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Ed Morrissey

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Well, most of us know it, anyway. The Rolling Stone’s Matt Taibbi and Katie Halper sat down to discuss a variety of topics with Democratic presidential candidate Andrew Yang, from media coverage to circumcision (no, really). When it came to the subject of impeachment, Yang grew particularly frustrated with his fellow Democrats, calling the effort “a loser” — even though he also described himself as “pro-impeachment.”

All this will do, Yang told Taibbi and Halper, is cement voter impressions about Democratic impotence and self-absorption:

Andrew: I’m pro-impeachment, but this is going to be a loser.

Katie: How dare you!

Andrew: Not a single Republican has given any indication that they’re in fact-finding mode. They’re all in defend-the-president mode. You need literally dozens of Republican senators to switch sides when the trial starts, which we’ve gotten zero indication is going to happen. The more this drags on, the more danger there is of two things: Number one, Donald Trump comes out of this and is vindicated, totally exonerated. Number two, we are wasting precious time where we should be creating a positive vision that Americans are excited about solving the problems that got Donald Trump elected, and beat him in 2020. If all that happens is all of the Democrats are talking about impeachment that fails, then it seems like there is no vision. It seems like all we can do is throw ineffective rocks at Donald Trump, and then it ends up leading unfortunately toward his re-election.

Katie: It’s like good PR for him.

Andrew: He’s a creature that thrives on attention, and so the more attention he gets, the better for him, the worst for Democrats.

It’s not just that it will play to Trump’s benefit, either. Both Taibbi and Yang agree that Democrats have used Trump hysteria to paper over their own disconnection from voters in large parts of the country, and keep thinking that all that’s needed is a little more amplification of partisan Beltway warfare rather than focus on voter priorities:

Matt: After 2016, the first thought I had was, “Well, this is going to inspire a rethink in the Democratic Party. They’re going to re-argue their case. They’re going to find a way to tell people how they’re going to fix the problems of ordinary people across America.

Immediately they point to Russiagate, now impeachment….They’re focusing on this thing that, to a lot of people, is an internecine phenomenon, a Washington drama.

Andrew: Unfortunately, Matt, my team and I have been part of some of the planning sessions, and that’s not changing. Their take on it is, we argued against Trump wrong last time — this time we’re going to really stick it to him by talking about this. You’re like, “Oh, my gosh. We’ve learned nothing.”

That will certainly earn Yang some enmity from the crowd at the next debate, assuming he qualifies for it. In their most recent debate, everyone on stage offered at least lukewarm support for the impeachment of Donald Trump, even if it was just to frame it as part of the case they’ll make against him in November 2020. This is the first time that a contender for the nominee has openly and sharply criticized this strategy as counterproductive, especially in regard to the upcoming election strategy.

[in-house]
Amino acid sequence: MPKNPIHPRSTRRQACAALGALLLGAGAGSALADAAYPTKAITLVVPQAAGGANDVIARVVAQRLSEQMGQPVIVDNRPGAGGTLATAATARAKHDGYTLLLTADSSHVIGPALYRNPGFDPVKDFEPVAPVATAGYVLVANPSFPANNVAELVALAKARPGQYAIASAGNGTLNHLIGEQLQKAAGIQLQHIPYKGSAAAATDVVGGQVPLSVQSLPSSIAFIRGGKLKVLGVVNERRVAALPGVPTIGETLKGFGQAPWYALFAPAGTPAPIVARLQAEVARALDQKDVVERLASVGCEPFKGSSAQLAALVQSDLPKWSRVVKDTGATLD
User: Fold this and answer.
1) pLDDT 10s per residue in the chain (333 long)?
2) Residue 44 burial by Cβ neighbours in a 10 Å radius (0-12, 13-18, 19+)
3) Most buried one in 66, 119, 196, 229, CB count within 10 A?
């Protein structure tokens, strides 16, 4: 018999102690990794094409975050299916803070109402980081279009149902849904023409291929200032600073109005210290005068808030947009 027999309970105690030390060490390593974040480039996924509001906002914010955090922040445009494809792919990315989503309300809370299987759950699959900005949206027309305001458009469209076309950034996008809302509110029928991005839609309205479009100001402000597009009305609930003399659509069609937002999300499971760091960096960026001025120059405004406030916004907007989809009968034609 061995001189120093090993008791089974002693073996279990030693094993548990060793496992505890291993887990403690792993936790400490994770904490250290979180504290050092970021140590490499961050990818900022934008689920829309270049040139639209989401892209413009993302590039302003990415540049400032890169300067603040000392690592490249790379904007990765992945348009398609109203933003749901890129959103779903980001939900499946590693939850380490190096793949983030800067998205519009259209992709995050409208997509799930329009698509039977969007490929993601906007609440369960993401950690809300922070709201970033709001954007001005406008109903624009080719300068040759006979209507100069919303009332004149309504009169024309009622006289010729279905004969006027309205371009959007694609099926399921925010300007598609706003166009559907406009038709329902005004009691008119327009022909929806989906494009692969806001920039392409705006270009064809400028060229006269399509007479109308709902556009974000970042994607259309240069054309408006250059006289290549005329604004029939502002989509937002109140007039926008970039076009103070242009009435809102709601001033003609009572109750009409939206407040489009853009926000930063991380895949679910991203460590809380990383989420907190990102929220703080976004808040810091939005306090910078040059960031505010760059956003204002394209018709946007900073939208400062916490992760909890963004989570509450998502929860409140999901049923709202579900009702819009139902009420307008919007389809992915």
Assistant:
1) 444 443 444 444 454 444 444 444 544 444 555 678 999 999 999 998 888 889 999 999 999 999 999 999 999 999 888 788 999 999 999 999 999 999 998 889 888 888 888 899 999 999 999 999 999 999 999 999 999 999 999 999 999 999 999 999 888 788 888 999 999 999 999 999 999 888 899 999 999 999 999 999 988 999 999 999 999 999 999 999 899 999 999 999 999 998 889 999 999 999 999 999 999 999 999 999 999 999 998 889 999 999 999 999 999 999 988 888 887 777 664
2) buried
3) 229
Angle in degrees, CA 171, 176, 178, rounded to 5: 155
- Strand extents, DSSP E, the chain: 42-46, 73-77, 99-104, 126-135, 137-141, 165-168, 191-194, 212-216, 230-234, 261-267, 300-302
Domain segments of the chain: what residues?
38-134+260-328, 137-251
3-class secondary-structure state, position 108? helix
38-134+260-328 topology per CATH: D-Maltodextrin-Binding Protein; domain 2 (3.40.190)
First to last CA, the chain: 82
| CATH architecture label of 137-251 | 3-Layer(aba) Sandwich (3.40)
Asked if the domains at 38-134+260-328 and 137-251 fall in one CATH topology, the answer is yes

The big question, as I ask in my column today at The Week, is this — are any House Democrats coming to the same conclusion? The very existence of the hearing yesterday suggests that Nancy Pelosi is worried the answer is yes:

The day before Judiciary’s hearing, The Washington Post called the aggregated polling “stable” on impeachment and removal, but House Democrats needed much more than stable. They needed a major shift toward a consensus for removal, especially among Republican voters. Not only did that not materialize, the Post notes, but a clear majority of voters from swing states still oppose impeachment, despite Schiff’s insistence that House Democrats had made an open and shut case for removal.

Thus we come to the real reason for Wednesday’s hearing which heard testimony from four constitutional law experts, only one of whom was called by Republicans, according to Nadler’s rules for the event. Rather than attempt to shore up the case with direct evidence and first-hand testimony, House Democrats wanted to spend a day arguing that they’d already made their case.

So who was the target audience? It seems very doubtful that voters — especially those who don’t already have their minds made up — would tune in to mull over the finer points of the Federalist Papers and the origins of impeachment in English common law. This spectacle seemed much more designed to reinforce Schiff’s claim for some members of the House Democratic caucus who might have gotten cold feet. …

In the end, both House Democrats and voters finished the hearing in the same place they began. Partisans on both sides breathed fire, while the case itself hasn’t changed at all. Nancy Pelosi and her colleagues have no choice but to plow ahead, but do they even believe in what they’re about to vote for?

Author: Ed Morrissey

Source: Hot Air: Yang: Come On, Impeachment’s A “Loser” And We All Know It

If nothing else, this will remind everyone of the risks associated with government bailouts. In principle, they sound like a good idea in a time of crisis. In practice, however, the incentives to use them as slush funds for the well-connected are just too darned tasty to pass up. Case in point — Hunter Biden’s profit off of a bailout program his father was heavily promoting, as the Washington Examiner reported this morning.